Here is the dress from Vogue Knitting (winter 2005/2006) that I keep meaning to knit for myself:
I would leave off the crocheted bobbly stuff.
Ravelry link, here.
The pattern calls for cashmere, but I would knit it with a wool/nylon blend. As I see it, that's the only choice available for winter dresses. The yarn is lightweight (by yard, compared to an equal length of, say, cotton or silk), is warm, and has strength. The big problem with knit dresses - even commercial ones - is what they call 'seating' in the industry, and what I've heard called 'bucket butt' more informally. That's when repeated sitting causes the butt area of the dress to stretch out of shape and leaves a large, sagging... spot on a part of your anatomy that likely needs all the help it can get to NOT look saggy. Nylon helps the wool's ability to 'bounce back' after being stretched repeatedly. That's one of the reasons it's in sock yarn.
Obviously, yarns with no ability to bounce back - most obviously silk, alpaca, llama, cashmere, and plant fibers - are a bad idea for dresses, particularly fitted dresses that WILL stretch when you sit down. Unless you intend to stand the entire time you wear the dress. In which case, go for it. Silk all the way, baby. See you in the hospital while they treat you for heat stroke.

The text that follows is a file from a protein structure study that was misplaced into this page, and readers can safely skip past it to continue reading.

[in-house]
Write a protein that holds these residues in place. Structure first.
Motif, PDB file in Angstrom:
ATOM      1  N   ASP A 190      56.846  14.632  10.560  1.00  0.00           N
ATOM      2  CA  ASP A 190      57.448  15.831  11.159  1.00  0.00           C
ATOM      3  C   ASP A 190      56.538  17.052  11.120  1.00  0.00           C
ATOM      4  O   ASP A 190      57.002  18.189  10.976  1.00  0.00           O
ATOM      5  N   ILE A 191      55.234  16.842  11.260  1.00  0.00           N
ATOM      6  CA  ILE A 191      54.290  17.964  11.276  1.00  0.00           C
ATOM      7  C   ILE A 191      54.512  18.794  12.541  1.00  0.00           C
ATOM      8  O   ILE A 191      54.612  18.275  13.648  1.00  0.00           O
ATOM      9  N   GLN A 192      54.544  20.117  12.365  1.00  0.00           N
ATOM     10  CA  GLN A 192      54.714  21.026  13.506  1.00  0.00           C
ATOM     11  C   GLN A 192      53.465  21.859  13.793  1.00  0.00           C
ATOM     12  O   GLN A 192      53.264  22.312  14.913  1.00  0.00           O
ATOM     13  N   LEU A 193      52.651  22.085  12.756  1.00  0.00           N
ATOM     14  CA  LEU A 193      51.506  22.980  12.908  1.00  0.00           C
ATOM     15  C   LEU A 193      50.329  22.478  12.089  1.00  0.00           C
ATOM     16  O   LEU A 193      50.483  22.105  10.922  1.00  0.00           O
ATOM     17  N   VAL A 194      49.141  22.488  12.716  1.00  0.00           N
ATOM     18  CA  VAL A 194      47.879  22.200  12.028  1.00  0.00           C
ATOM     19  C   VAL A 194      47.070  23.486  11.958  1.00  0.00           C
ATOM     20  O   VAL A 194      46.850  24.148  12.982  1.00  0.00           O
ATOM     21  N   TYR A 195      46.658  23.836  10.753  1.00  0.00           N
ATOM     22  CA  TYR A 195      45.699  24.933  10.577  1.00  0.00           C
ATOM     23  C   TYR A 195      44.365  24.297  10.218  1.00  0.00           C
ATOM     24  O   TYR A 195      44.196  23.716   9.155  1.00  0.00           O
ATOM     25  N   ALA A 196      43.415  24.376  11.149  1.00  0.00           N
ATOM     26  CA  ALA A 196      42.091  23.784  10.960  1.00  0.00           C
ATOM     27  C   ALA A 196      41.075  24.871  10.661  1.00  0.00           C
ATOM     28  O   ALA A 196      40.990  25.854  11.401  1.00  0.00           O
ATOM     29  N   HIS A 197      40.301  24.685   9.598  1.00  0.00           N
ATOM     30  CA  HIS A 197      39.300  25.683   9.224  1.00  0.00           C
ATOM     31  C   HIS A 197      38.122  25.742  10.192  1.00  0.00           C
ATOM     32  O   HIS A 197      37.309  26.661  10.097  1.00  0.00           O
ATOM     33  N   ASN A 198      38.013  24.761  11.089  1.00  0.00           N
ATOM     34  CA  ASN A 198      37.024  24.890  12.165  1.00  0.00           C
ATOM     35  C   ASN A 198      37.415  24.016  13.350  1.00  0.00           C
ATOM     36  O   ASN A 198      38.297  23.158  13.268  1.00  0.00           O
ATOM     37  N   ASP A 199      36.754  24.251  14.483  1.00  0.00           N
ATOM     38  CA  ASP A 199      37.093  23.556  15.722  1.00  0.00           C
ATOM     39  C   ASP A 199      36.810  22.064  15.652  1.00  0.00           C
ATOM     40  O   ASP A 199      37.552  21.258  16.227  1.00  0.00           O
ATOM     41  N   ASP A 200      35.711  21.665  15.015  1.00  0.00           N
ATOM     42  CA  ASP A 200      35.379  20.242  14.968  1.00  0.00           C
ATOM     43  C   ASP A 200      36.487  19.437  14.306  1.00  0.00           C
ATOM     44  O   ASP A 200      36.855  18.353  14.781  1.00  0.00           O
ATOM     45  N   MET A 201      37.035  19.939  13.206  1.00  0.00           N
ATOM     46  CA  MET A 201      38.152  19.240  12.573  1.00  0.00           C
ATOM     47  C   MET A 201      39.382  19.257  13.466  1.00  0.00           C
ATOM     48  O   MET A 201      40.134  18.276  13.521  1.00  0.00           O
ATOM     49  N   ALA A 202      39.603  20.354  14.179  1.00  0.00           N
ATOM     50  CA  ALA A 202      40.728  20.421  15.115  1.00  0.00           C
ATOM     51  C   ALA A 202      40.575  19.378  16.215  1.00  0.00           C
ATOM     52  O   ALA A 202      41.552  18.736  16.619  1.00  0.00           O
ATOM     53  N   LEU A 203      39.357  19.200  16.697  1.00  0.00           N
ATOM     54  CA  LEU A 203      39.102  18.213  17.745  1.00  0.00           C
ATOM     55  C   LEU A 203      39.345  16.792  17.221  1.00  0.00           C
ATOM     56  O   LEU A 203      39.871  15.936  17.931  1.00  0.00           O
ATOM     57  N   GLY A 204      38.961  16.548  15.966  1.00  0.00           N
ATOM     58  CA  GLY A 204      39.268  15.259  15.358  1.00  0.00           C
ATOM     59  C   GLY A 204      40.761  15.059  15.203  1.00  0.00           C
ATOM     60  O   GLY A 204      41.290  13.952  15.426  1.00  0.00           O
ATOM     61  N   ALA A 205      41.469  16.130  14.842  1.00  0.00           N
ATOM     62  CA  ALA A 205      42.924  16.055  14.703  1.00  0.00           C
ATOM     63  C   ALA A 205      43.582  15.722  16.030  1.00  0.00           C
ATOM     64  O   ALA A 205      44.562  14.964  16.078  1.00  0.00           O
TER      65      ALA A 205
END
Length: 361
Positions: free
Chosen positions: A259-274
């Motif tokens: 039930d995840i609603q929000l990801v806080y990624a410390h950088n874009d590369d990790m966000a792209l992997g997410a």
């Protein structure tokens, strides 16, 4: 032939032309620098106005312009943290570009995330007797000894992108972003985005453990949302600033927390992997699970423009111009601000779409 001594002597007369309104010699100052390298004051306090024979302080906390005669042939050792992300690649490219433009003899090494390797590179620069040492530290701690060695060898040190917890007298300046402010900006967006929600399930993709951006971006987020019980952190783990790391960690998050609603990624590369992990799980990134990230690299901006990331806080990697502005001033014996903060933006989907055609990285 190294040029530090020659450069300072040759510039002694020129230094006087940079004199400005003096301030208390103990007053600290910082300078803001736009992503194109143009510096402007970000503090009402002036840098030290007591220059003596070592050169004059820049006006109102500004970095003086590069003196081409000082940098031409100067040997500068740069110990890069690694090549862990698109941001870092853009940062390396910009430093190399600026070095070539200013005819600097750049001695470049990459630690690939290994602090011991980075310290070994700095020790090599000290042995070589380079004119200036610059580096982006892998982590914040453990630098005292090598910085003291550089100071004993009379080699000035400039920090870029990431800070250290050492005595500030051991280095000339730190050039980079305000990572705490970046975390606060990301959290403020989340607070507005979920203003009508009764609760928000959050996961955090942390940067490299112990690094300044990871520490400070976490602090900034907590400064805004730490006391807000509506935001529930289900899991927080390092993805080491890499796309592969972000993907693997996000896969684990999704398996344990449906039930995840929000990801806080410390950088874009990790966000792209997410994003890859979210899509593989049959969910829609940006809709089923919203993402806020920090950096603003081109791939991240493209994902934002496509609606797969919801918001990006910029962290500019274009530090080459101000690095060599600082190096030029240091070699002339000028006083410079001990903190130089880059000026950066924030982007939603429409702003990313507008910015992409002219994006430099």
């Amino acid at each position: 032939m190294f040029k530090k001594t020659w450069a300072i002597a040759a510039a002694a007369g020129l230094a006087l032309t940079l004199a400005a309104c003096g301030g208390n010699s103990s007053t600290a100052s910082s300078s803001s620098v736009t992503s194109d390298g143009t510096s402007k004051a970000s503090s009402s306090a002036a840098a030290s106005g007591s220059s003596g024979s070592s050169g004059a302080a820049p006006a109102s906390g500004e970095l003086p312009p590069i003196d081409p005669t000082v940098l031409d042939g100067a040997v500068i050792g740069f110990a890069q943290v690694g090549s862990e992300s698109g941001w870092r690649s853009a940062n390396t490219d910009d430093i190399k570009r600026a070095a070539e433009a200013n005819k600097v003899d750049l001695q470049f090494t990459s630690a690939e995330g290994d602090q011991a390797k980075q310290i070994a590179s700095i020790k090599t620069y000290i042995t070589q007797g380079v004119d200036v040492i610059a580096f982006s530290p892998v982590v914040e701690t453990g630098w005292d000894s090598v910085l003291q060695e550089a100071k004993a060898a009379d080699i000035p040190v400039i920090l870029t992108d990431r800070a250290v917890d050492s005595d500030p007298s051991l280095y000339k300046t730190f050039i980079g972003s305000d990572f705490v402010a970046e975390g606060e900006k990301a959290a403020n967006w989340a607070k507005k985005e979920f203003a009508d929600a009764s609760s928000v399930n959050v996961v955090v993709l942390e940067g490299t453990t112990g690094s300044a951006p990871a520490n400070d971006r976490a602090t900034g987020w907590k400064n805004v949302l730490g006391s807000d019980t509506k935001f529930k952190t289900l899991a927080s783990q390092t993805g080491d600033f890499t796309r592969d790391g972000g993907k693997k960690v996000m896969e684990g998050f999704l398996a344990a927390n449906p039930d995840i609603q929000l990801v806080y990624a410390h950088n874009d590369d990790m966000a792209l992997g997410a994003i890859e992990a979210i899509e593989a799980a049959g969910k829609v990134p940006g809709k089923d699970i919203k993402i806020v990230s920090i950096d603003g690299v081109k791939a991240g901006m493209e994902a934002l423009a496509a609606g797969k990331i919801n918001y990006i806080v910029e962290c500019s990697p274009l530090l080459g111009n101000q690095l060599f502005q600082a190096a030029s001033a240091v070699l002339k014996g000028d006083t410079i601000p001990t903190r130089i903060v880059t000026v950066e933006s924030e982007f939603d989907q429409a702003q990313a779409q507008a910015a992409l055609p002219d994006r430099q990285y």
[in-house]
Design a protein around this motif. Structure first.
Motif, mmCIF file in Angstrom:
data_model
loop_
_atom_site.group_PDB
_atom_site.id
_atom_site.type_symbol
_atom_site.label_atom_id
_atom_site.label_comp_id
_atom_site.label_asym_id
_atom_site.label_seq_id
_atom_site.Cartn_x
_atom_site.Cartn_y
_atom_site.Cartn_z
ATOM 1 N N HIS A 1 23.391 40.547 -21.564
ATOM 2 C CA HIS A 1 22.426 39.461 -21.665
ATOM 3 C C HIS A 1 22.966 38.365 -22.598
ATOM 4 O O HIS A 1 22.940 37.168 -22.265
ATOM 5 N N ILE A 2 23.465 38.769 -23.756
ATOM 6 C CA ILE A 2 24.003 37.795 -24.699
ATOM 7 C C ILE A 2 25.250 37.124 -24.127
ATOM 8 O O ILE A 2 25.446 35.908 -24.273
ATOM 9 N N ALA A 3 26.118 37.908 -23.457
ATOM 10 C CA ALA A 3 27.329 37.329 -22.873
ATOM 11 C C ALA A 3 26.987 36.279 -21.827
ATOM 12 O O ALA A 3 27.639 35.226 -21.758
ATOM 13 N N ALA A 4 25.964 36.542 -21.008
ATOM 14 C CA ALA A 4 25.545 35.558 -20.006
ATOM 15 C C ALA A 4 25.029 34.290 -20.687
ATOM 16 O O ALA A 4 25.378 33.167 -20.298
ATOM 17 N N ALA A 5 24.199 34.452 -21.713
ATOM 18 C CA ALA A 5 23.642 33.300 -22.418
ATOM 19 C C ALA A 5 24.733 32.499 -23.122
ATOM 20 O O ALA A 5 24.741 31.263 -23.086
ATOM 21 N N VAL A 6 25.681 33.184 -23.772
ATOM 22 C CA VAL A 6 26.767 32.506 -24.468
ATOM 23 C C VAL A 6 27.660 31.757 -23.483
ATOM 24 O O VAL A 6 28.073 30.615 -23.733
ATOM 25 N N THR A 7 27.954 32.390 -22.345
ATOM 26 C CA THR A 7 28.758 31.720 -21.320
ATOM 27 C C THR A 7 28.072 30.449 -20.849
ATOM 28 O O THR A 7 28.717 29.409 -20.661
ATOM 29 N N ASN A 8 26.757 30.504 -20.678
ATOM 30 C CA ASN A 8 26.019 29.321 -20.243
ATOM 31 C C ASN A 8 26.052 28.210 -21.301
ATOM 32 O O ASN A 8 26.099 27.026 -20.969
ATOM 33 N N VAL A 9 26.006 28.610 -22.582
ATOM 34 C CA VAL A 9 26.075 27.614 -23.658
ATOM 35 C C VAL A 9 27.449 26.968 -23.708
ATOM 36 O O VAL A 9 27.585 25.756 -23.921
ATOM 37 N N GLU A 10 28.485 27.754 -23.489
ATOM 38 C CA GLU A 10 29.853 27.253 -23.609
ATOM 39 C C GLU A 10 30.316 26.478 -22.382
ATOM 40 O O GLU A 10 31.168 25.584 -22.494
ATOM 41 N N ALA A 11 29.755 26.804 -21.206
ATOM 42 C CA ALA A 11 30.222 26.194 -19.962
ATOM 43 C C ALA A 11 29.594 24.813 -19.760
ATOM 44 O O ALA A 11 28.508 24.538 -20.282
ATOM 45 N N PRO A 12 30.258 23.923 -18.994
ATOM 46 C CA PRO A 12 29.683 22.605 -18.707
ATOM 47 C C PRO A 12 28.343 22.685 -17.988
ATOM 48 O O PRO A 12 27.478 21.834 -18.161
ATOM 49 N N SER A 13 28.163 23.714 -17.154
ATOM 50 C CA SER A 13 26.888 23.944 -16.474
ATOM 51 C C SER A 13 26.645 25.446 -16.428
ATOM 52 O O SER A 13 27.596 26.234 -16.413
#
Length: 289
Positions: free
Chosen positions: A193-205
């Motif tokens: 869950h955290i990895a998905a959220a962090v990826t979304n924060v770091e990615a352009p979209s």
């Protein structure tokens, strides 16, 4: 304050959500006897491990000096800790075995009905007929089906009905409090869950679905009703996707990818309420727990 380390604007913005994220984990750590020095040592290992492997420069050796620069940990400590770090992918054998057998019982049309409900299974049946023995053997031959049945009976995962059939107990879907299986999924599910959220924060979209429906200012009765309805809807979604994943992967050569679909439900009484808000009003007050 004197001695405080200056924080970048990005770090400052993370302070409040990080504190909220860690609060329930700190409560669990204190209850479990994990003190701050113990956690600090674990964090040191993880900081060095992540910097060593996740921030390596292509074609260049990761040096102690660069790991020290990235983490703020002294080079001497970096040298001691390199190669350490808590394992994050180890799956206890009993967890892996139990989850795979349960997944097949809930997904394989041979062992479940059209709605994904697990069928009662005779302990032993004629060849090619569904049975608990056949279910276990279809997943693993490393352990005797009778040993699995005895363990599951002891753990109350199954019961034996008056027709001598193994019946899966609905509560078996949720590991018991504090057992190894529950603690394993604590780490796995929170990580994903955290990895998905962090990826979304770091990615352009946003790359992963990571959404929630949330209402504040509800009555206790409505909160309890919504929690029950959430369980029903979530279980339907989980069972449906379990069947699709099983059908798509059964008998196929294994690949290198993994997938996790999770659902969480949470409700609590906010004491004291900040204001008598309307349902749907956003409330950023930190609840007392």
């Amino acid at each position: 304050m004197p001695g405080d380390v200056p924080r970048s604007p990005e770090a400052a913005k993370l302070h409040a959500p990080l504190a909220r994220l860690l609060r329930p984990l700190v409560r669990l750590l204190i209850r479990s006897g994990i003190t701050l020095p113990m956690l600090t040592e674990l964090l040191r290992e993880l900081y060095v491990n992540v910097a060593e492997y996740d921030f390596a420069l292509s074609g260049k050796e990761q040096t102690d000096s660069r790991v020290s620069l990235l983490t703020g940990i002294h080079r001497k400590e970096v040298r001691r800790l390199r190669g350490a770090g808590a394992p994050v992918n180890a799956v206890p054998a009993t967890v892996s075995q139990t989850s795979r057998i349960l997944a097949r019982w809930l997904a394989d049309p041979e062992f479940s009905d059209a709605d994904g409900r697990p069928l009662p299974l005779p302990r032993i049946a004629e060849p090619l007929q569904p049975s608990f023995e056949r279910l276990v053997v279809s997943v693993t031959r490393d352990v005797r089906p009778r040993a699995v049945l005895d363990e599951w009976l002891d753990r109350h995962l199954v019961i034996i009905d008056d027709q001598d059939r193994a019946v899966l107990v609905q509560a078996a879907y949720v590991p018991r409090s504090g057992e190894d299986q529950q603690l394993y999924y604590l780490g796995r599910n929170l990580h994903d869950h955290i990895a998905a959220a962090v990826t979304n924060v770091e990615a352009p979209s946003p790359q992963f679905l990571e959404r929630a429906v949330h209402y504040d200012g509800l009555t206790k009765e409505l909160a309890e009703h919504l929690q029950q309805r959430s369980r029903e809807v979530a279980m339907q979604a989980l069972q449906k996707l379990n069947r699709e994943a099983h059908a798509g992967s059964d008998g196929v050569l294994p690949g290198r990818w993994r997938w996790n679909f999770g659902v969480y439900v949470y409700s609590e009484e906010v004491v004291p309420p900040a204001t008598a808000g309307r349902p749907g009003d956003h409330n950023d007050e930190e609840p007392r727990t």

The yarn used in this dress is a DK weight, knit at 3.5 stitches to the inch, which I think is pushing the envelope as far as it can go on weight/fabric thickness. But on the other hand, with all the square footage of a dress, you don't want to be knitting it on zeros or you'll never finish it.
If I were to design a dress, it would look a lot like this one (without the crochet - ha). The ribbing at the sides is excellent; it adjusts the fit to the individual AND adds a vertical line. The styling at the shoulders draws the eyes up and sort of broadens the view of the shoulders, so that it balances out the hips and leaves the impression of an hourglass figure, even on folks who might be a bit more test-tube shaped.
For summer, I'd try for something looser. No sleeves, and a flared skirt so air could move around the wearer, and lace patterns in places that won't let your ass hang out. And I'd use a yarn that was as light as possible, probably a cotton/tencel or cotton/nylon blend. Linen/nylon would be AWESOME, but I'm not sure it's made. Which is a damn shame.
And incidentally, yes, I could wear the dress. I'm five nine and wear a size ten and could wear the size large, as written in the pattern. All those times I bitch about the lack of size options? It's not because I'm a plus size. It's because I'm NOT a plus size, and often Vogue Knitting STILL doesn't offer things in my size. I find that damned pathetic, especially considering what the designers get paid. Cottage designers can turn out patterns with a huge range of sizes and make almost nothing, selling the patterns individually. And here come these great Designers who can't be bothered to do more than two sizes. I think it's a disgrace.
I'd design a knitted dress, but almost no one knits them. I'd rather stick with stuff like the Steeked Jacket that I know will be worn and enjoyed. And adjustable to anyone, of any size.